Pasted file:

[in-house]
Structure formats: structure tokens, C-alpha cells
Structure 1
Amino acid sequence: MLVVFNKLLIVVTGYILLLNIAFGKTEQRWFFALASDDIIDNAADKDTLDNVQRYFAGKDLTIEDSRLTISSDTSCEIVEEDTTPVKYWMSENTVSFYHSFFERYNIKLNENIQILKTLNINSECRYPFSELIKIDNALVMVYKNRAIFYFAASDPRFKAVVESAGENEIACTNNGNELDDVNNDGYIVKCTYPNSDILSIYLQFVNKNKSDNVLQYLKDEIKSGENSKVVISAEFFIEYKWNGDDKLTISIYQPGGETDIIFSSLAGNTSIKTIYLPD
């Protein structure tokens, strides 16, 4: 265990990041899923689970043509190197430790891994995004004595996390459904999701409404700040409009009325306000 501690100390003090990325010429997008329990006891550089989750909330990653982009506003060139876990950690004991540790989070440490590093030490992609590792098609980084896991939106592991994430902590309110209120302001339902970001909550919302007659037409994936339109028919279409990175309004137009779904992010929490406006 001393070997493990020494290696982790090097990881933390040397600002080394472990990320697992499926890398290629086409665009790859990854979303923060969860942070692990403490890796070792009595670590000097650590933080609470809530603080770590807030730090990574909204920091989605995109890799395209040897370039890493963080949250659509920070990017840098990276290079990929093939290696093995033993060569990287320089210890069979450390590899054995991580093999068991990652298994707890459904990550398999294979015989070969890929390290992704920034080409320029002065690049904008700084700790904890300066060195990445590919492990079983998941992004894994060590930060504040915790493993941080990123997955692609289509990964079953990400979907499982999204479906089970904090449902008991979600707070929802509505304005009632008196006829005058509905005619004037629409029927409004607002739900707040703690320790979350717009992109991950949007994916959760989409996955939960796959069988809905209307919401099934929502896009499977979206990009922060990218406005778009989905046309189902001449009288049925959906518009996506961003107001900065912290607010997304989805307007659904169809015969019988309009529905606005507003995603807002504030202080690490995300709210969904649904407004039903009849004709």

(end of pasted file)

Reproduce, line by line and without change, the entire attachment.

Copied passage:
[in-house]
Structure formats: structure tokens, C-alpha cells
Structure 1
Amino acid sequence: MLVVFNKLLIVVTGYILLLNIAFGKTEQRWFFALASDDIIDNAADKDTLDNVQRYFAGKDLTIEDSRLTISSDTSCEIVEEDTTPVKYWMSENTVSFYHSFFERYNIKLNENIQILKTLNINSECRYPFSELIKIDNALVMVYKNRAIFYFAASDPRFKAVVESAGENEIACTNNGNELDDVNNDGYIVKCTYPNSDILSIYLQFVNKNKSDNVLQYLKDEIKSGENSKVVISAEFFIEYKWNGDDKLTISIYQPGGETDIIFSSLAGNTSIKTIYLPD
């Protein structure tokens, strides 16, 4: 265990990041899923689970043509190197430790891994995004004595996390459904999701409404700040409009009325306000 501690100390003090990325010429997008329990006891550089989750909330990653982009506003060139876990950690004991540790989070440490590093030490992609590792098609980084896991939106592991994430902590309110209120302001339902970001909550919302007659037409994936339109028919279409990175309004137009779904992010929490406006 001393070997493990020494290696982790090097990881933390040397600002080394472990990320697992499926890398290629086409665009790859990854979303923060969860942070692990403490890796070792009595670590000097650590933080609470809530603080770590807030730090990574909204920091989605995109890799395209040897370039890493963080949250659509920070990017840098990276290079990929093939290696093995033993060569990287320089210890069979450390590899054995991580093999068991990652298994707890459904990550398999294979015989070969890929390290992704920034080409320029002065690049904008700084700790904890300066060195990445590919492990079983998941992004894994060590930060504040915790493993941080990123997955692609289509990964079953990400979907499982999204479906089970904090449902008991979600707070929802509505304005009632008196006829005058509905005619004037629409029927409004607002739900707040703690320790979350717009992109991950949007994916959760989409996955939960796959069988809905209307919401099934929502896009499977979206990009922060990218406005778009989905046309189902001449009288049925959906518009996506961003107001900065912290607010997304989805307007659904169809015969019988309009529905606005507003995603807002504030202080690490995300709210969904649904407004039903009849004709």